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Could an ingredient in toothpaste raise the risk of cancer? CC0

  • Monday sparked fears over breakfast and Britons’ favourite Sunday meal as various outlets reported that some foods cooked at high temperatures – including toast, chips and roast potatoes – were a ‘potential cancer risk’. Our blog post has the details on why it’s too soon to make these claims.
  • The results of a clinical trial we funded could change the way pancreatic cancer patients are treated and help more people survive their disease. The encouraging findings were widely reported, and our press release has the details.
  • It’s far from Rise of the Machines, but new research has found that artificial intelligence could help diagnose skin cancer. It’s too early to say whether image-scanning computers could be used in the clinic, but it’s an exciting idea that could help diagnose cancers in the future. Check out the BBC’s coverage for more info.
  • Ministers in Scotland may have to sacrifice popularity in order to tackle the country’s obesity crisis. Restricting offers on junk food and hiking up parking charges may be unpopular, but are necessary to get more people active, said Holyrood’s Health Committee.
  • Research that found distinct genetic ‘fingerprints’ in cervical cancers may lead to better ways to define the disease. And as our news report explains, this could pave the way for more personalised treatments.

Number of the week:

9,400

The number of people diagnosed with pancreatic cancer each year in the UK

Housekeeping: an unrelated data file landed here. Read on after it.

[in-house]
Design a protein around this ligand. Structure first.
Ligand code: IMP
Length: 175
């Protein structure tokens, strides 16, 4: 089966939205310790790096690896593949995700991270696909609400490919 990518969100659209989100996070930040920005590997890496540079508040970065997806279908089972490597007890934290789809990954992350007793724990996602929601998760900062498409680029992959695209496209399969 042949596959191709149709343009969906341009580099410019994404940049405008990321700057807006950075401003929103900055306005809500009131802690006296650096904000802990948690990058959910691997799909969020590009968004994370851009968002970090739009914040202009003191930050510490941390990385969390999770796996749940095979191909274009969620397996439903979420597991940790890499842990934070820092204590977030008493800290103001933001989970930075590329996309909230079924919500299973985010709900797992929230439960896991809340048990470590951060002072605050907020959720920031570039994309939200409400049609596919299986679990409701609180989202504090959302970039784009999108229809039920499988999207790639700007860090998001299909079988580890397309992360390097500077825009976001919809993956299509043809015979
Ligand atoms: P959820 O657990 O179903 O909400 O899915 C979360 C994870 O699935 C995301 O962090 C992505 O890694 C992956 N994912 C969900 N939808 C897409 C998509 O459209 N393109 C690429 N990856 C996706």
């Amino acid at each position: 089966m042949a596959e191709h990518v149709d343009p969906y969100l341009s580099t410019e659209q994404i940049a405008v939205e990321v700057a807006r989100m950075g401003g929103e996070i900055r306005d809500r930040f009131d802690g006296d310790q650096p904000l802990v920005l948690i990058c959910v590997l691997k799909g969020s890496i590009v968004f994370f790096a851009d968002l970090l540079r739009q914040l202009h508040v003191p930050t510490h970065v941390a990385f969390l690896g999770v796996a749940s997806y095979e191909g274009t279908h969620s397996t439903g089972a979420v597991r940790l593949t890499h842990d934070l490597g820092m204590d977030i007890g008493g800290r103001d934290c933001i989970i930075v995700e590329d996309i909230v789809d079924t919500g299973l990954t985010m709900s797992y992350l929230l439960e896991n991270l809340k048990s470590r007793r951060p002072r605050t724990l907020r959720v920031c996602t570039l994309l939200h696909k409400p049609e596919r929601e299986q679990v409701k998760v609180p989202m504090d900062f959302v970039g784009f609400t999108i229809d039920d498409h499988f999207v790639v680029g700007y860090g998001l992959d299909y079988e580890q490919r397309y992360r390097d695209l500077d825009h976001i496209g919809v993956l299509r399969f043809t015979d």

• Researchers at Imperial College London may have discovered a new way that breast cancers escape the effects of certain drug treatments – by developing their own fuel supply. Find out here what this could mean for patients.
  • In a bid to help GPs diagnose cancer we’re putting £5 million towards a pioneering project called CanTest. Bringing various diagnostic tests into GP surgeries could reduce waiting times and the number of referrals to specialists, as our press release explains.
  • A new study found that providing personalised information about the health risks of smoking in invitation letters can double the chance that a person uses NHS Stop Smoking Services. Our news report has the details.
  • Those with mental distress may have a higher risk of dying from cancer, according to new UK research. The study didn’t show that mental illness could cause cancer, like some news outlets suggested, but our Chief Clinician, Professor Peter Johnson, said the issue deserves “serious attention”.
  • Adding MRI scans to the way prostate cancers are diagnosed could save some men from invasive biopsies, according to new research. This could help improve prostate cancer diagnosis, but may require a big investment from the NHS, as our news report explains.

And finally…

  • Don’t take headlines claiming an ‘ingredient used in toothpaste could cause cancer’ as an excuse not to brush your teeth. The reports came from a study which found that rats given a chemical called titanium dioxide (also known as E171) – which is found in toothpaste and some foods like sweets and biscuits – developed precancerous changes in their bowel. But as the research was carried out in animals, there’s no evidence to suggest the same happens in people. So you can rest easy brushing those pearly whites.

Justine